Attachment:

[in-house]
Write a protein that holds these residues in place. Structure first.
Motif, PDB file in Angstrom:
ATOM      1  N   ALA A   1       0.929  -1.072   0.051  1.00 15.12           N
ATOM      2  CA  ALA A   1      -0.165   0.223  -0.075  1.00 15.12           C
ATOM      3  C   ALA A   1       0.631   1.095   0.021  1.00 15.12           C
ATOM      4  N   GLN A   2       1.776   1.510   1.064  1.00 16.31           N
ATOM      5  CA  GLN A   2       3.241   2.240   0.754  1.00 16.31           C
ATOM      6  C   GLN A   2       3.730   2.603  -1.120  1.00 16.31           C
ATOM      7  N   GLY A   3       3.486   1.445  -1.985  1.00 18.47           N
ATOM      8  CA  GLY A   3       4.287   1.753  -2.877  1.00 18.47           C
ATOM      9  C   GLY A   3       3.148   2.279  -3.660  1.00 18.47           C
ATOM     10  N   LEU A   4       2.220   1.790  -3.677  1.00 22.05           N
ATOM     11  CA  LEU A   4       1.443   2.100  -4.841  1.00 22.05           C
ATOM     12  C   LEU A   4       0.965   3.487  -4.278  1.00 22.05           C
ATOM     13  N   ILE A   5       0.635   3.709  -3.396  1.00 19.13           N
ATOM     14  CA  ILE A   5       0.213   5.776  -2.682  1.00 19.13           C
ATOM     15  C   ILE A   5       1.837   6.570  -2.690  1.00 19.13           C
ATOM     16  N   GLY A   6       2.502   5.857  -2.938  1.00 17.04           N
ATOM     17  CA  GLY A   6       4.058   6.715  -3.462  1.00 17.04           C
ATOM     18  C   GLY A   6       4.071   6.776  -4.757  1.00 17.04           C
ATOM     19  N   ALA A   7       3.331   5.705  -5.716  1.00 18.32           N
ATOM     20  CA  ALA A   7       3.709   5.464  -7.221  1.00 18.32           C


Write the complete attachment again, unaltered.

[in-house]
Write a protein that holds these residues in place. Structure first.
Motif, PDB file in Angstrom:
ATOM      1  N   ALA A   1       0.929  -1.072   0.051  1.00 15.12           N
ATOM      2  CA  ALA A   1      -0.165   0.223  -0.075  1.00 15.12           C
ATOM      3  C   ALA A   1       0.631   1.095   0.021  1.00 15.12           C
ATOM      4  N   GLN A   2       1.776   1.510   1.064  1.00 16.31           N
ATOM      5  CA  GLN A   2       3.241   2.240   0.754  1.00 16.31           C
ATOM      6  C   GLN A   2       3.730   2.603  -1.120  1.00 16.31           C
ATOM      7  N   GLY A   3       3.486   1.445  -1.985  1.00 18.47           N
ATOM      8  CA  GLY A   3       4.287   1.753  -2.877  1.00 18.47           C
ATOM      9  C   GLY A   3       3.148   2.279  -3.660  1.00 18.47           C
ATOM     10  N   LEU A   4       2.220   1.790  -3.677  1.00 22.05           N
ATOM     11  CA  LEU A   4       1.443   2.100  -4.841  1.00 22.05           C
ATOM     12  C   LEU A   4       0.965   3.487  -4.278  1.00 22.05           C
ATOM     13  N   ILE A   5       0.635   3.709  -3.396  1.00 19.13           N
ATOM     14  CA  ILE A   5       0.213   5.776  -2.682  1.00 19.13           C
ATOM     15  C   ILE A   5       1.837   6.570  -2.690  1.00 19.13           C
ATOM     16  N   GLY A   6       2.502   5.857  -2.938  1.00 17.04           N
ATOM     17  CA  GLY A   6       4.058   6.715  -3.462  1.00 17.04           C
ATOM     18  C   GLY A   6       4.071   6.776  -4.757  1.00 17.04           C
ATOM     19  N   ALA A   7       3.331   5.705  -5.716  1.00 18.32           N
ATOM     20  CA  ALA A   7       3.709   5.464  -7.221  1.00 18.32           C